Irish Ploughing Championships sees stacks of new kit launched

There is a lot more to the Irish National Ploughing Championships than competitive inversion of soil. Farmers Weekly headed to Ratheniska, County Laois, on the hunt for new machinery.

See also: Forward-control Fastrac ups spreading output by 30%

Farmhand Amatruck

Equipment importer Farmhand has successfully mated a 10t Amazone demount fertiliser spreader with a six-wheel-drive Mercedes Acros to create the Amatruck.

Farmhand Amatruck

© James Andrews

The 2015 base vehicle was sourced second-hand, having spent its formative years as a gritter. This meant it was already fitted with a hydraulic pump and had a full set of driven wheels.

That said, there was still plenty of pipework alteration, wiring and fabrication work required to get the ZG-TS10001 spreader mounted correctly and running smoothly.

To help keep moving on wet ground, the original wheels and tyres were swapped for wide rims shod with BKT 445/65 R22.5 front tyres and 600/50 R22.5 rears.

As for the spreader, this comes fully loaded with GPS section control, variable rate and wind compensation, and it’s controlled by an Amatron 4 in-cab screen.

The truck is not currently for sale as Farmhand plans to send it on a lengthy tour to demonstrate the spreader. However, if it were up for grabs, it would cost about €250,000 (£216,993) plus VAT.

Limephro Drift Reducer

To help stifle the clouds of dust churned up when spreading lime, contractor Stephen Kelly has developed a clever retrofit hood system.

Limephro Drift Reducer

© James Andrews

Pictured mounted to his Bredal spreader, the Limephro Drift Reducer folds out to the rear of the machine in line with the discs and holds the dust near the ground.

It covers the full 12m working width and is designed to give the maximum amount of shielding without affecting the spread pattern.

Not only does the hood prevent the product wafting into neighbouring properties, or getting into the lungs of operators, it allows work to continue in windier-than-ideal conditions and it significantly reduces waste.

To keep the arrangement neat when moving between fields, Stephen has devised a nifty hydraulic and cable-operated folding mechanism that flattens the hoods and stows them neatly at the sides of the spreader.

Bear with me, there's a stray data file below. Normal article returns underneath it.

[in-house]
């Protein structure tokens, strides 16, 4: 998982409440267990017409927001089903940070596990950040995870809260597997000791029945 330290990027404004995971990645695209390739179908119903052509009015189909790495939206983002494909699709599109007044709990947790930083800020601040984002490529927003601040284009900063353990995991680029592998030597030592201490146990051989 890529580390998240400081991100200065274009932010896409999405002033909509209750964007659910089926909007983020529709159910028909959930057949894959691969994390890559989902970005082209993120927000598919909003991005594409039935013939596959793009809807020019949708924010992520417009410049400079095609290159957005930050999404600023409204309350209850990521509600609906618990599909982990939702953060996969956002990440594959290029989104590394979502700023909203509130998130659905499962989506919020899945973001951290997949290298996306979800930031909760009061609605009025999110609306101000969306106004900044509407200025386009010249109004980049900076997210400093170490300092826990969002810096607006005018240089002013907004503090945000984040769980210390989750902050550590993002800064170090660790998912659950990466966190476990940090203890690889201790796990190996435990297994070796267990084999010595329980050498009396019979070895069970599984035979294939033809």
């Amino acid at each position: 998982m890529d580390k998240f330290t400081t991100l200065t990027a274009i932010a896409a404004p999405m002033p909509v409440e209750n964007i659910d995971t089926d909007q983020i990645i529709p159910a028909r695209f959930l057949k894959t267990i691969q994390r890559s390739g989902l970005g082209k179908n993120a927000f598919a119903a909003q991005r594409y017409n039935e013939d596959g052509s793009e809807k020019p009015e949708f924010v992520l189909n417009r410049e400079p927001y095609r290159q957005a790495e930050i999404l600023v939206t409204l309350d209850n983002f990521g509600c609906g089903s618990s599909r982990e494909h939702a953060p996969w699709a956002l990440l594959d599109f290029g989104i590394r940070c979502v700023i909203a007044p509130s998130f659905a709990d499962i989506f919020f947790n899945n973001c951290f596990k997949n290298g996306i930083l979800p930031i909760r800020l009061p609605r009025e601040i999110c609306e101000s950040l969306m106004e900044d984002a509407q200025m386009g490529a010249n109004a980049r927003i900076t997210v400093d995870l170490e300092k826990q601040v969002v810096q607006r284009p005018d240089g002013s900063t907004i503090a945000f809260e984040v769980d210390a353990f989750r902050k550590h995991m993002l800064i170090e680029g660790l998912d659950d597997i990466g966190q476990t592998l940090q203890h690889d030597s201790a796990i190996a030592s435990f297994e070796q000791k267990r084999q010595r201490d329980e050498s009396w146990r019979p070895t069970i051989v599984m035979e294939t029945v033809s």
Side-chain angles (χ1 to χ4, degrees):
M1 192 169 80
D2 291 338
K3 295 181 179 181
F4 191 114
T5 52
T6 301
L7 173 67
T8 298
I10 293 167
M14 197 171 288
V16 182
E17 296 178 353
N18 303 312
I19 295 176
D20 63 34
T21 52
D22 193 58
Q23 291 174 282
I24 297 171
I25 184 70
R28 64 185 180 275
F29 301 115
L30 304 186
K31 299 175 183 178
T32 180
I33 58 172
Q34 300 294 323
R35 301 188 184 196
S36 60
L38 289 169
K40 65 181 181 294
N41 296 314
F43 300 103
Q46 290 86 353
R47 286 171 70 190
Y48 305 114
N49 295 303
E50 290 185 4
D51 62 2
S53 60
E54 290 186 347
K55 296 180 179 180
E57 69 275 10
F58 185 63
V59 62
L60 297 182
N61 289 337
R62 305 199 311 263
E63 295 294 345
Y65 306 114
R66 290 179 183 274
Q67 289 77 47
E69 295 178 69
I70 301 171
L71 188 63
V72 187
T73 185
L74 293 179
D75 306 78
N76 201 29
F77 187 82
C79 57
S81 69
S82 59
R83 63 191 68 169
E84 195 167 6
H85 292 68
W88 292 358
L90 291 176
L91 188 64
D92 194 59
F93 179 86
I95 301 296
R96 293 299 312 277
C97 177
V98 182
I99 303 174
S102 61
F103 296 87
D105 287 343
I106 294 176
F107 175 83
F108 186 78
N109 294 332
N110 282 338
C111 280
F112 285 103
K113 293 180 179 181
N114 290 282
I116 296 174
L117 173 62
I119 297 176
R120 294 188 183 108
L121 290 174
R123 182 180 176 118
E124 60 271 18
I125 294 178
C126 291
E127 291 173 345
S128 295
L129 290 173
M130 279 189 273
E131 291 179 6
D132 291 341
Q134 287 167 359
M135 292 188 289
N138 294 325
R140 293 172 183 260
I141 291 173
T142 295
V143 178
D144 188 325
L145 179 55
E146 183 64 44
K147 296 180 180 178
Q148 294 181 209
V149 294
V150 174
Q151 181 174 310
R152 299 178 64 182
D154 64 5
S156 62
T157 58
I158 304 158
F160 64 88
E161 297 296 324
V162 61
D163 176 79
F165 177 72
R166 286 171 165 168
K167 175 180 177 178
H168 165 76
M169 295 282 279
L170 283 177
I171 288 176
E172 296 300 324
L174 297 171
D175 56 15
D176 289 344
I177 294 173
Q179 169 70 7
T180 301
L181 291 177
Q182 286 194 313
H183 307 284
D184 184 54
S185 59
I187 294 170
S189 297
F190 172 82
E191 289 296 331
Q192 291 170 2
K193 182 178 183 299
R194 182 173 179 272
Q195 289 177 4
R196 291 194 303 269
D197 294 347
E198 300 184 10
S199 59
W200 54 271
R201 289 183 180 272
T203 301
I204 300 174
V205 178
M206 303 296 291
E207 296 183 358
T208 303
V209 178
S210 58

An optional extra is the Evenflo crumber roller, which sits in the centre of the frame and helps break up damp lime as it’s discharged from the belt onto the spreader plates.

This has a height adjustment mechanism that works in tandem with the rear door of the spreader, meaning its working depth doesn’t need to be set independently.

Stephen is building the tools from his workshop near Bagenalstown, County Carlow, and both elements can be purchased for €15,000 (£13,020) plus VAT. Versions are available to suit most spreader makes and models.

Spreadpoint auger lime spreader

The latest generation of Spreadpoint’s auger lime spreaders come with a host of new features, including central tyre inflation.

Spreadpoint auger lime spreader

© James Andrews

Shown here is the twin-axle SP-900, which has a 9cu m capacity and is rated to carry a 16t payload.

Rather than a conventional spinning disc setup, it features a 12m SX-A auger system, which delivers a more uniform spread pattern and reduces dust by keeping 80% of the material contained within the hoods.

The new Press Point central tyre inflation system allows pressure to be adjusted from 16 to 60psi at the press of a button, helping to improve on-road performance and reduce fuel consumption, as well as preventing compaction in the field.

The machine pictured, featuring all of the above, is priced at €131,000 (£113,751) plus VAT.

Foton Lovol tractors

Chinese-built Foton Lovol tractors have been gradually making their way west, and the brand now has a dedicated distributor in Ireland.

Foton Lovol tractors

© James Andrews

The first lower-horsepower models arrived in June and the firm is now taking deliveries of larger machines up to 130hp, all of which feature Doosan engines.

Of these, the 110hp M1004 is likely to be one of the most popular, coming in at €56,995 (£49,490) plus VAT, or €63,695 (£55,308) plus VAT including a loader.

For this, buyers get a four-cylinder Stage 5 diesel engine, an 18-speed transmission with mechanical shuttle, a 540/1,000rpm pto, three double-acting spool valves and a cab with air conditioning.

These larger Foton Lovol tractors are not currently available in the UK, but Kent-based dealer Lovol Tractors offers models up to 75hp.

Inspect 4 Rollover Crate

In her quest to improve safety and reduce the physical toil when hoof-trimming, County Cork dairy farmer Maeve O’Keeffe came up with the Inspect 4 Rollover Crate.

Inspect 4 Rollover Crate

© James Andrews

Running off an electro-hydraulic power pack, this ingenious tool gently squeezes the cow and tips her on her side, giving safe access to all four hooves at the same time.

As the animal is immobilised in this position, it also provides an opportunity to carry out tasks such as drying off or tail trimming.

The crate was first conceived in 2011 and was soon put into production on the O’Keeffe family farm near Fermoy.

The basic design has been tweaked over the years and it’s been treated to a series of modifications, the latest of which is the option of adding remote-controlled hydraulic leg holders.

These replace the standard hand-operated clamps, making it quicker to secure the animal and remove the risk of getting kicked.

Both fixed and mobile versions of the crate are available, with the former designed for on-farm installation and the latter aimed at vets and hoof-trimming contractors that need to travel.

To this end, it’s mounted on a twin-axle chassis and has a large stabiliser floor for safe loading and unloading.

Prices start at €20,000 (17,342) plus VAT for fixed crates featuring manual leg straps, with remote-controlled hydraulic clamps adding €7,000 (£6,070) plus VAT.

Mobile versions with hydraulic leg clamps come in at €44,000 (£38,152) plus VAT.